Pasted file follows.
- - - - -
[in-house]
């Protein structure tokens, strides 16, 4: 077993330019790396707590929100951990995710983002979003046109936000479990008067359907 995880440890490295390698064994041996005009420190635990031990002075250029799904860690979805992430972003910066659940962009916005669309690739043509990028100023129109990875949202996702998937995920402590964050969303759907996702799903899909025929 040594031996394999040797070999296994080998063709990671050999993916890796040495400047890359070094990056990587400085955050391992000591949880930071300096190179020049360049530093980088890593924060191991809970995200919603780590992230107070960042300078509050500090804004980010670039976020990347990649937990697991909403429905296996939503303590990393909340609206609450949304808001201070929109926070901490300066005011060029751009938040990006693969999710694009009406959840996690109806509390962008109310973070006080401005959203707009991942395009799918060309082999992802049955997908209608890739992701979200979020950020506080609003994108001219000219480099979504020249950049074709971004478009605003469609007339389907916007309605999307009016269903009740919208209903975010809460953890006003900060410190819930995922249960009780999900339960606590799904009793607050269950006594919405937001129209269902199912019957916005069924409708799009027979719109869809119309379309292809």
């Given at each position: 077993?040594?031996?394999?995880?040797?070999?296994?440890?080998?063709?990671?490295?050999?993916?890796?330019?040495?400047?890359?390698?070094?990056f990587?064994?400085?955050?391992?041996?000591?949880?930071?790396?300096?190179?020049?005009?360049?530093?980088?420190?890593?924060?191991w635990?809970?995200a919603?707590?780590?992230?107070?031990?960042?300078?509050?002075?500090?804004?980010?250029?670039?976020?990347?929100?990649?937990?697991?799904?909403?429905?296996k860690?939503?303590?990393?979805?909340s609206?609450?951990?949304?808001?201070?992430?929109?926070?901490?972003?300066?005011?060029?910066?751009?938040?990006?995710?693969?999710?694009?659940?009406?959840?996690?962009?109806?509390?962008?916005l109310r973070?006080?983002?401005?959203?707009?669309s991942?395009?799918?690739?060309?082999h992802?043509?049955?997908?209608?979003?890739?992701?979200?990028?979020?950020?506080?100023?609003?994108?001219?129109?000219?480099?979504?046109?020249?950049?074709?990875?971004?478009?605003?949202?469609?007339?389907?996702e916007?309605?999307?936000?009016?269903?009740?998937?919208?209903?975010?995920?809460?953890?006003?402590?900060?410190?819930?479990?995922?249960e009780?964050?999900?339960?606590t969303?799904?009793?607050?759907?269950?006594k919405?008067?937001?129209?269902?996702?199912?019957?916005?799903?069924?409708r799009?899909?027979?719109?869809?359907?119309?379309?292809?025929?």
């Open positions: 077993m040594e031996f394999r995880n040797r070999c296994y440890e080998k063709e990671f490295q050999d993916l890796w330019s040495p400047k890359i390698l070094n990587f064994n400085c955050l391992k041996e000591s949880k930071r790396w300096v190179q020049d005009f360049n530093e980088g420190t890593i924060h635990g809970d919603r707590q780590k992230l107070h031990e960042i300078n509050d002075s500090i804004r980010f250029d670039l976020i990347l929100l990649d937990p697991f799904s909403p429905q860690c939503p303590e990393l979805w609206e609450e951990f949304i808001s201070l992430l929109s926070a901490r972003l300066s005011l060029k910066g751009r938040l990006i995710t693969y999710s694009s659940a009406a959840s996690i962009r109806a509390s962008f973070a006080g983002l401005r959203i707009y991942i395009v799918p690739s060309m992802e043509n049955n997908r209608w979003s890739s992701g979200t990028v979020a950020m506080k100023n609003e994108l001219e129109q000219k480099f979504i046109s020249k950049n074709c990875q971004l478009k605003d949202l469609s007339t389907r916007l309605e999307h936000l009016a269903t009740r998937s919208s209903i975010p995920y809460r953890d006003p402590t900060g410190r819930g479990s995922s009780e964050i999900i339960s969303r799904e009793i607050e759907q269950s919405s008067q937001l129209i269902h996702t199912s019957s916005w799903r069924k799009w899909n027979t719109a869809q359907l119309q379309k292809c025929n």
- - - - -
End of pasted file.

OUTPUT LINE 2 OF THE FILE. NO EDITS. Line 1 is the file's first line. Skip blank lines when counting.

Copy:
């Protein structure tokens, strides 16, 4: 077993330019790396707590929100951990995710983002979003046109936000479990008067359907 995880440890490295390698064994041996005009420190635990031990002075250029799904860690979805992430972003910066659940962009916005669309690739043509990028100023129109990875949202996702998937995920402590964050969303759907996702799903899909025929 040594031996394999040797070999296994080998063709990671050999993916890796040495400047890359070094990056990587400085955050391992000591949880930071300096190179020049360049530093980088890593924060191991809970995200919603780590992230107070960042300078509050500090804004980010670039976020990347990649937990697991909403429905296996939503303590990393909340609206609450949304808001201070929109926070901490300066005011060029751009938040990006693969999710694009009406959840996690109806509390962008109310973070006080401005959203707009991942395009799918060309082999992802049955997908209608890739992701979200979020950020506080609003994108001219000219480099979504020249950049074709971004478009605003469609007339389907916007309605999307009016269903009740919208209903975010809460953890006003900060410190819930995922249960009780999900339960606590799904009793607050269950006594919405937001129209269902199912019957916005069924409708799009027979719109869809119309379309292809």